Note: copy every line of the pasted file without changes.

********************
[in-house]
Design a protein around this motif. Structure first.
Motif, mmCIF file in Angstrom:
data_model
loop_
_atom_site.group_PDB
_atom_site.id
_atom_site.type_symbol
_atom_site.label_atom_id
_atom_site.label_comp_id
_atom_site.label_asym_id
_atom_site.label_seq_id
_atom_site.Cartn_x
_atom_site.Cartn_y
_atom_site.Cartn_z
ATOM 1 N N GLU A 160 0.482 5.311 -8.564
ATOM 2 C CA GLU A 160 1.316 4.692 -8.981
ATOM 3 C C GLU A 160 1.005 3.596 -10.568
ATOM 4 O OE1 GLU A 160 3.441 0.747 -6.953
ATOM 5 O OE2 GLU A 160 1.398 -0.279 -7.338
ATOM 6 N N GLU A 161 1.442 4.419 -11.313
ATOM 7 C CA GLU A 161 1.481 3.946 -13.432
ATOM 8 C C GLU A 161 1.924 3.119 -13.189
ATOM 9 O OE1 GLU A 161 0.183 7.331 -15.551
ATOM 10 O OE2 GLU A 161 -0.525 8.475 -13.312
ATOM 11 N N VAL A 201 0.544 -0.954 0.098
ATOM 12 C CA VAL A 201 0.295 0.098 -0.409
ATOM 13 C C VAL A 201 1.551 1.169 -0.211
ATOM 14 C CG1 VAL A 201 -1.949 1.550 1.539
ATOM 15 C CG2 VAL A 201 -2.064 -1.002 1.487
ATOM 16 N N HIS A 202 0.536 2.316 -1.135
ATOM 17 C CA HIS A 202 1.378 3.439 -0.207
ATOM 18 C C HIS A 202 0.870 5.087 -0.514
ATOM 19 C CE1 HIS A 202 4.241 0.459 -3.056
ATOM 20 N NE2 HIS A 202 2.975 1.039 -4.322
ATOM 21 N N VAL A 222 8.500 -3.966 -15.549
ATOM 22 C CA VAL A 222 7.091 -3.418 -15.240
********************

[in-house]
Design a protein around this motif. Structure first.
Motif, mmCIF file in Angstrom:
data_model
loop_
_atom_site.group_PDB
_atom_site.id
_atom_site.type_symbol
_atom_site.label_atom_id
_atom_site.label_comp_id
_atom_site.label_asym_id
_atom_site.label_seq_id
_atom_site.Cartn_x
_atom_site.Cartn_y
_atom_site.Cartn_z
ATOM 1 N N GLU A 160 0.482 5.311 -8.564
ATOM 2 C CA GLU A 160 1.316 4.692 -8.981
ATOM 3 C C GLU A 160 1.005 3.596 -10.568
ATOM 4 O OE1 GLU A 160 3.441 0.747 -6.953
ATOM 5 O OE2 GLU A 160 1.398 -0.279 -7.338
ATOM 6 N N GLU A 161 1.442 4.419 -11.313
ATOM 7 C CA GLU A 161 1.481 3.946 -13.432
ATOM 8 C C GLU A 161 1.924 3.119 -13.189
ATOM 9 O OE1 GLU A 161 0.183 7.331 -15.551
ATOM 10 O OE2 GLU A 161 -0.525 8.475 -13.312
ATOM 11 N N VAL A 201 0.544 -0.954 0.098
ATOM 12 C CA VAL A 201 0.295 0.098 -0.409
ATOM 13 C C VAL A 201 1.551 1.169 -0.211
ATOM 14 C CG1 VAL A 201 -1.949 1.550 1.539
ATOM 15 C CG2 VAL A 201 -2.064 -1.002 1.487
ATOM 16 N N HIS A 202 0.536 2.316 -1.135
ATOM 17 C CA HIS A 202 1.378 3.439 -0.207
ATOM 18 C C HIS A 202 0.870 5.087 -0.514
ATOM 19 C CE1 HIS A 202 4.241 0.459 -3.056
ATOM 20 N NE2 HIS A 202 2.975 1.039 -4.322
ATOM 21 N N VAL A 222 8.500 -3.966 -15.549
ATOM 22 C CA VAL A 222 7.091 -3.418 -15.240